Every human has a hatful of stories about the ways they formed friendships over the years – with university friends, house-share mates, lovers and co-workers.
But until now, scientists haven’t known how friendly connections form among strangers in nature. That’s all changed thanks to a fascinating new study of vampire bats, from the subfamily Desmodontinae, living in captivity.
For vampires, sharing blood with a roost-mate is the mark of a true bond. These relationships aren’t common, but when they occur they demonstrate behaviour akin to what some might call friendship.
The research – published in the journal Current Biology – shows how social grooming and food sharing can build up trust among unrelated vampire bats to form life-saving bonds that can last a lifetime.
“We go from bats starting as strangers from different colonies to groupmates that act to save each other’s life,” says behavioural ecologist Gerald Carter from Ohio State University, in the US.
“This is the first animal study to look carefully at how a new cooperative relationship forms and can be maintained between complete strangers of the same species.”
Vampire bats feed only on blood. If they are unable to feed for three days they run the risk of starving.
“They have this ‘boom and bust’ foraging experience, so they either hit it big and get a large blood meal or they’re starved for that night,” says Carter.
“If they starve three nights in a row there is a high chance they’ll die.”
Because of this, vampire bats with close social ties can rescue their weakened partners from the brink.
To test how these bonds emerge, Carter and his colleagues at the Smithsonian Tropical Research Institute collected bats from Las Pavas and Tolé, Panamá, two geographically distant sites.
The flying mammals were then placed either in pairs – one from each location – or in small mixed cohorts.
For each group, the research team withheld food from one of the bats and observed how it interacted with others in its cage. Several bats, particularly those in the pairs, began grooming one another more over time.
In some cases, this eventually led to sharing blood with hungry companions.
“Even if you remove all ectoparasites from their fur, they still groom each other more than necessary for just hygiene,” says Carter.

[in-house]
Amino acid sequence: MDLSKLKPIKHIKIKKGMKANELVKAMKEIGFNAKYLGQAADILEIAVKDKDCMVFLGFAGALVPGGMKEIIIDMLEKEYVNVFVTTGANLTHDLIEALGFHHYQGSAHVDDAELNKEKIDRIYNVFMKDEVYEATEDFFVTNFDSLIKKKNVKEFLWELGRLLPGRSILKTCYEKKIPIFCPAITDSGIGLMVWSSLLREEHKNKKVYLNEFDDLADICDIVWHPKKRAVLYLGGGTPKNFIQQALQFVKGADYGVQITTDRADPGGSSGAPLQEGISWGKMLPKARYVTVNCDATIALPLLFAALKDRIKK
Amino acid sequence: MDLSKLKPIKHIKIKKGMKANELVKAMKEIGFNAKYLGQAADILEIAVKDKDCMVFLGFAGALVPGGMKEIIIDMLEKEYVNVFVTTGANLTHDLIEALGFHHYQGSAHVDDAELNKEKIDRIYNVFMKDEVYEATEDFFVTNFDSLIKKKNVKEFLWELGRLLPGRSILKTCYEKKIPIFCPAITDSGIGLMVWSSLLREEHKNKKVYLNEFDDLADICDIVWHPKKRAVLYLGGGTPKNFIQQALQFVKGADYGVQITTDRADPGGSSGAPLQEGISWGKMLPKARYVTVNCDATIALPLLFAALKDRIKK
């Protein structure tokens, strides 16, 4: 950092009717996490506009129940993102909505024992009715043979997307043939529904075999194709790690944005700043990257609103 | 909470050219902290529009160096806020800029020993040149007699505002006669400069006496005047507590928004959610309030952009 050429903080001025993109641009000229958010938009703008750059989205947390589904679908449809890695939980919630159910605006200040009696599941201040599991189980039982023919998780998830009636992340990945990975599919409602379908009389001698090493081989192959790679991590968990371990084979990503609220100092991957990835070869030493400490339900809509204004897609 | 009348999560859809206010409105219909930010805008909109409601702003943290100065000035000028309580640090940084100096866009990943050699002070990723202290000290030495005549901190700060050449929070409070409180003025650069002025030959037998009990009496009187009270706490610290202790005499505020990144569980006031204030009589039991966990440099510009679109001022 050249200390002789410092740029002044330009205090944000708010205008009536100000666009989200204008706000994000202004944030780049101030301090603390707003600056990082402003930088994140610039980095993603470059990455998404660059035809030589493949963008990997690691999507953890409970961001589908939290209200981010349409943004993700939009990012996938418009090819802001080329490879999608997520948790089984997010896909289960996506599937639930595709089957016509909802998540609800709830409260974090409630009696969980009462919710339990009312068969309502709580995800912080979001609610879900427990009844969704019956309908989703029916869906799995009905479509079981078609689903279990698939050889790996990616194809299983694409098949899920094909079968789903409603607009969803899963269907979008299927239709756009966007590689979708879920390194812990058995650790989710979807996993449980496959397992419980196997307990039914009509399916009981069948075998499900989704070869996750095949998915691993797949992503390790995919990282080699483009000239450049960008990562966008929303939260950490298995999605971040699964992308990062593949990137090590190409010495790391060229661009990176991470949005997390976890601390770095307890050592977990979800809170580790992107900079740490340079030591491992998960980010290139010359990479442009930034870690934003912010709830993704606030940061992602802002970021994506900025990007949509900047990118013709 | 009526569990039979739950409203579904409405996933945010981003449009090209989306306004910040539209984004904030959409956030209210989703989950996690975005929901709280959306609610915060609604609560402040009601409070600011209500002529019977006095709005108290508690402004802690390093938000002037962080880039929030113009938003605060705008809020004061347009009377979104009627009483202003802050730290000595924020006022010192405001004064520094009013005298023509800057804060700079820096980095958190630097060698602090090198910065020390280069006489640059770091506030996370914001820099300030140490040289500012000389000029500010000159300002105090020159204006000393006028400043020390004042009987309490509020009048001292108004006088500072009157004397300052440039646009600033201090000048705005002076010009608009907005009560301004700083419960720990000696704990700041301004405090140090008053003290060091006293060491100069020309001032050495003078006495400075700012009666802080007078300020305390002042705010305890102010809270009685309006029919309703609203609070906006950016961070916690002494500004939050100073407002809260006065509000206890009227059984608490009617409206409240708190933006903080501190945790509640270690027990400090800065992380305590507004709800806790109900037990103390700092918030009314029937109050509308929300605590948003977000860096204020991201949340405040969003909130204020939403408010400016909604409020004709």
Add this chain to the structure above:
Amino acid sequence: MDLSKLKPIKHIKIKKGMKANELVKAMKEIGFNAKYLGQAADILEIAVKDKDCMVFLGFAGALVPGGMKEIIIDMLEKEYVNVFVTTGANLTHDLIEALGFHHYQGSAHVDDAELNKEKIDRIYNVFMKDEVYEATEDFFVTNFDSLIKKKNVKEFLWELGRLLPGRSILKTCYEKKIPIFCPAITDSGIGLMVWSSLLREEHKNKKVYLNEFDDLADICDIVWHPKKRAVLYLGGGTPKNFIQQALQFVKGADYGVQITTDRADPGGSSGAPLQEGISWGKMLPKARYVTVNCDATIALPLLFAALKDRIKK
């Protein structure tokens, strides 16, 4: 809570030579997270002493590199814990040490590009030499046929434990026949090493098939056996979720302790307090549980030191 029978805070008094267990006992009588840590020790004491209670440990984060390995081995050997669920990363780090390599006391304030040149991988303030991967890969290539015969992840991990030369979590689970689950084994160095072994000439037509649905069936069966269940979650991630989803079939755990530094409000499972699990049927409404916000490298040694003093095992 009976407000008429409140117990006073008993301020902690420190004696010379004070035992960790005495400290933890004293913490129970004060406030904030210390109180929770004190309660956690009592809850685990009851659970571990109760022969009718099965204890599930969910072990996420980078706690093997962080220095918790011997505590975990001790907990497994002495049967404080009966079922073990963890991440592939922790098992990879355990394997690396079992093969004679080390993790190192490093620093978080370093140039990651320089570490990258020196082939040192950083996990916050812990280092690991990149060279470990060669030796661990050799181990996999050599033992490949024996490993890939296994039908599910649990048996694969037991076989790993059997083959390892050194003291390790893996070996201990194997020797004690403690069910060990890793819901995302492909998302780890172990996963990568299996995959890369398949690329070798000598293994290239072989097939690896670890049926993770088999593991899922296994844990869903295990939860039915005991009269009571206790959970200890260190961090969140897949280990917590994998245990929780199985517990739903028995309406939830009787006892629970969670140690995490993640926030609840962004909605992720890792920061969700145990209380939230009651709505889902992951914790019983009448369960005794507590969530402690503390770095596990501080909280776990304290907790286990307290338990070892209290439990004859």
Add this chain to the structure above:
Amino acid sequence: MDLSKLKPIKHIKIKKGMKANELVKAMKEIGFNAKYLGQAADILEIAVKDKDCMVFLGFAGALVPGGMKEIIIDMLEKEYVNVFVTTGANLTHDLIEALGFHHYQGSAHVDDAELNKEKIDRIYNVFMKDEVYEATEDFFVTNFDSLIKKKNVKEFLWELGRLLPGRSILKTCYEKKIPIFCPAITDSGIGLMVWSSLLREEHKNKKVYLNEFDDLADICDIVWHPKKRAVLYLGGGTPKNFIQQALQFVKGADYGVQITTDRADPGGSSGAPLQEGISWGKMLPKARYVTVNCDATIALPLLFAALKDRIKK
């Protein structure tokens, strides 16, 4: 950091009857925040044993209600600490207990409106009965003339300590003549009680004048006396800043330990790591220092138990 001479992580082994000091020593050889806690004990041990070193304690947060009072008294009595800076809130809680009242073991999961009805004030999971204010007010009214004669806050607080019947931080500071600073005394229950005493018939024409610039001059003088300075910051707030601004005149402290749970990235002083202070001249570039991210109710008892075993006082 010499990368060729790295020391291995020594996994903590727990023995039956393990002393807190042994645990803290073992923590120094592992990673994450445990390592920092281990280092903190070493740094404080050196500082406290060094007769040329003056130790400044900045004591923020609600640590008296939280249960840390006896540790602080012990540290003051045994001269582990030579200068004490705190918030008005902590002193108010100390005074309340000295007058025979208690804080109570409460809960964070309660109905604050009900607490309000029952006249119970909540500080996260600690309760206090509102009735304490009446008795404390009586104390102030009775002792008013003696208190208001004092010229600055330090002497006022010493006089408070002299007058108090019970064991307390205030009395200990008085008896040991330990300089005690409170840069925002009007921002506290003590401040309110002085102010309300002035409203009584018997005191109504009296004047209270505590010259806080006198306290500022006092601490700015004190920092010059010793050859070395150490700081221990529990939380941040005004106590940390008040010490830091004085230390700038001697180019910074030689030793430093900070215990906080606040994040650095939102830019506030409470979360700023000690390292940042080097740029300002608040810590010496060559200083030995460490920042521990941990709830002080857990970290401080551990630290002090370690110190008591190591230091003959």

“We think of social grooming as a kind of a currency – a way to gain tolerance and bond with another individual.”
Carter suggests the increased grooming over time demonstrates “raising the stakes” of friendship or “testing the waters” to build cooperative relationships, a notion that was first proposed in 1998, in a paper in the journal Nature, but has been difficult to demonstrate in animals.
“When you make a cooperative investment in another individual, there is a kind of risk, because if you have a bad partner, you can be even worse off than if you had just avoided them altogether,” Carter says.
“So, what you could do is invest a little bit to test the waters. Then, if they invest back in you, that’s a signal to ramp up your investment, and so on.”
If vampire pairs raise the stakes enough, one might provide food by regurgitating blood into the mouth of a hungry partner – an action that visually resembles a French kiss, of sorts.
“Food sharing in vampire bats is like how a lot of birds regurgitate food for their offspring,” says Carter.
“But what’s special with vampire bats is they do this for other adults, eventually even with some previous strangers.”
These social interactions could be a fundamental step in creating bonds that last years in vampire bats – some unrelated pairs have been found to travel together for more than a decade.
“The idea of using low-cost behaviours to build up to higher-cost investments can be something of much more general importance outside just food sharing in vampire bats,” says Carter.
The idea could be applied to other social animals such as primates and could provide insight into how humans build relationships.
Research has shown that people don’t like to think of their friendships as strategic, but Carter says his recent findings suggest that human relationships might be more conditional than we want to admit.
“I don’t think you can understand human relationships that well by just asking people to reflect on them,” he says.
“It may often be subconscious, but I think both human and nonhuman relationships have a lot of little conflicts that are negotiated and navigated in a subtle way.”
Carter now wants to better understand how bats assess and choose their partners.
“When two bats are unfamiliar, we have the opportunity to make a good partner or a bad partner and really see how that affects how the relationships form.”